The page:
It’s time for fintech (and every industry) to embrace diversity

Opinions expressed by Entrepreneur contributors are their own.

The financial technology (fintech) industry has developed exponentially in recent years and is undergoing major changes in finance. According to The Brainy Insights, the global fintech market is estimated to record a compound annual growth rate (CAGR) of 26.2% between 2022 and 2030 – clearly demonstrating its impressive growth potential.

While fintech is clearly advancing, there is one area where it still lags behind: diversity. A recent survey found that while 70% of male leaders believe the fintech sector is inclusive, only 25% of female leaders believe so.

As a female fintech founder with an Asian heritage, I have seen firsthand the lack of diversity in our industry. Climbing the “old boys club” ladder, where gender and race were not considered, was extremely difficult. I often felt that I would have to fight much harder for a place at the table.

So how can companies make an impact? I will share tips on how to do it and why diversity matters in fintech (and in any industry as well).

Related: How can women in Fintech break the glass ceiling?

No representation in the fintech industry

In its simplest form, diversity includes age, gender, race, social class, sexual orientation, and religion. Unfortunately for the fintech world, we are still behind in terms of representation. Let’s take a look at some stats to better understand why this is a problem:

  • TechNation found that ethnic diversity in fintech increased from 12% in 2011 to 20% in 2021. While minority representation has improved, we still see a huge lag compared to other industries, especially when it comes to representation in leadership and executive levels , where minority representation fell to 8% for blacks and Asians and 11% for other ethnic minorities.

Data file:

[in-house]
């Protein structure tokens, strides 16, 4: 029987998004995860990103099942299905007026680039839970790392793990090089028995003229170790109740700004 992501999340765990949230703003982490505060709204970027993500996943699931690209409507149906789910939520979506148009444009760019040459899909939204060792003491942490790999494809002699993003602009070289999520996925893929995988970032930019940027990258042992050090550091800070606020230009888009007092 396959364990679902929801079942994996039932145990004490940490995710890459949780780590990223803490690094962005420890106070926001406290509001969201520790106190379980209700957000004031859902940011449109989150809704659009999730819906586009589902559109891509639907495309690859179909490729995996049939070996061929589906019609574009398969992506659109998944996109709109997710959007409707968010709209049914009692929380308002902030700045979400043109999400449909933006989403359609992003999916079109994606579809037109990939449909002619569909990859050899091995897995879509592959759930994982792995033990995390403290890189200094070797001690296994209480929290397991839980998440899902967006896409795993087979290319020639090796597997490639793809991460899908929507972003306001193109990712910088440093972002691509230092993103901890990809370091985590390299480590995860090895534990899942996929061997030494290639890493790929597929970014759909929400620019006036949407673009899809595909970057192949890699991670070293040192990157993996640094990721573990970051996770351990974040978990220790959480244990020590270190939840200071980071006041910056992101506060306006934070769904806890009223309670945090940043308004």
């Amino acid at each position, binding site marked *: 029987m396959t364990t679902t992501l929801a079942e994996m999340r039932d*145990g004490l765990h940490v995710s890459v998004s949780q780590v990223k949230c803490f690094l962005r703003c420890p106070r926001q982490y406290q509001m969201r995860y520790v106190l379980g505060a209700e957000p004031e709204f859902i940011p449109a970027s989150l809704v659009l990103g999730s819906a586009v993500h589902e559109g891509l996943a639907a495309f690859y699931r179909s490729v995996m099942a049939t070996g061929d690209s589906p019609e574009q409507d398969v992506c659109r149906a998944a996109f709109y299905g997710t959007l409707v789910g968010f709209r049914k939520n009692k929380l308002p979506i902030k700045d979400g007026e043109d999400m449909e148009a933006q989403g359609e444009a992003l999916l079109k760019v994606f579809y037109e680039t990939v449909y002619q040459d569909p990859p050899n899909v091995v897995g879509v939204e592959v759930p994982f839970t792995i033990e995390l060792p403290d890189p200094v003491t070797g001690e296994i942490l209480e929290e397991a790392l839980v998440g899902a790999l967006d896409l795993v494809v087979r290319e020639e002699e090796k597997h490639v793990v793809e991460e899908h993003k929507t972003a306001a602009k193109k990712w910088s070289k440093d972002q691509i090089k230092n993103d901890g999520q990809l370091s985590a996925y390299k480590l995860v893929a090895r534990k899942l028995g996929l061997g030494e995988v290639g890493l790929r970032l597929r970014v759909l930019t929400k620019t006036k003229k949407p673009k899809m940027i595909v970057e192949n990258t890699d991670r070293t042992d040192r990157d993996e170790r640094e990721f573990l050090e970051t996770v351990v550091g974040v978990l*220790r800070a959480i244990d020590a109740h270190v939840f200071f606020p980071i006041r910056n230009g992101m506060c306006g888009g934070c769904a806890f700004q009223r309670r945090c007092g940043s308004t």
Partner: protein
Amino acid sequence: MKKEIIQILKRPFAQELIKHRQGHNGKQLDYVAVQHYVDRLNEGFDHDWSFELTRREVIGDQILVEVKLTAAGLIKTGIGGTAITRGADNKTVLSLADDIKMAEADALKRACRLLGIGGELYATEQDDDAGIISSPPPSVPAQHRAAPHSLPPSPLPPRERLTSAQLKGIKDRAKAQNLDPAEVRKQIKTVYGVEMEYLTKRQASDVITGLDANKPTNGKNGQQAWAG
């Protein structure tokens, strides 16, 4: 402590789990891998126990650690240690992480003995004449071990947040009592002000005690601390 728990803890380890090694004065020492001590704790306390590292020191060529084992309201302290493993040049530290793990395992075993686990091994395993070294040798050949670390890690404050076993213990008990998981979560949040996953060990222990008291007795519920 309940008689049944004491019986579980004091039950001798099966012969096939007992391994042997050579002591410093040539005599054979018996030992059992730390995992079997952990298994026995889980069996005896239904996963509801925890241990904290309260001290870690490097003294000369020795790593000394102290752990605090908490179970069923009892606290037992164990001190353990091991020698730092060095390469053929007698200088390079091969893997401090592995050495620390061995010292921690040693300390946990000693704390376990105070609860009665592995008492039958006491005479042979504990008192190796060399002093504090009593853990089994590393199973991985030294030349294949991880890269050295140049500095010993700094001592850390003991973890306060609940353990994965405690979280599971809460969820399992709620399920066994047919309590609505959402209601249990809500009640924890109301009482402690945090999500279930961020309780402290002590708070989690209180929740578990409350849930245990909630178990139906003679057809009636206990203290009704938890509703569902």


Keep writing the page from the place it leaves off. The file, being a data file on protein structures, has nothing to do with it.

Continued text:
• Women now make up 30% of the fintech workforce. However, that number drops to 17% when looking at senior positions.
  • Regarding sexual orientation, Glassdoor found that 53% of LGBTQ+ employees have experienced or witnessed anti-LGBTQ+ comments from co-workers, and 47% believe disclosure could hinder their careers.

Personally, this experience resonates with me. I remember being one of the few women in more than one company. It made me feel isolated, unappreciated, and unappreciated — an experience that is all too common for many people of color, LGBTQ+ professionals, and women in fintech.

Why diversity trumps representation

The lack of representation in fintech is worrying. While it is important to increase this representation, it is also important to understand that diversity is more than just representation.

Diversity goes beyond ethnicity, sexual orientation and gender, but rather embraces individual differences such as backgrounds, experiences and perspectives. This means that for a workforce to be truly diverse, they must create an environment where the human experience as a whole is represented and respected.

Related: Don’t just sit at the table, turn it over. Reflection for women entrepreneurs.

The benefits of diversity in fintech

But this is not just a moral argument. Research has shown that diverse teams perform better and lead to greater innovation. McKinsey & Company conducted a study that found companies in the top quartile of gender diversity are 15% more likely to outperform their peers, and companies in the top quartile of ethnic diversity are 35% more likely to outperform their peers better results than their peers.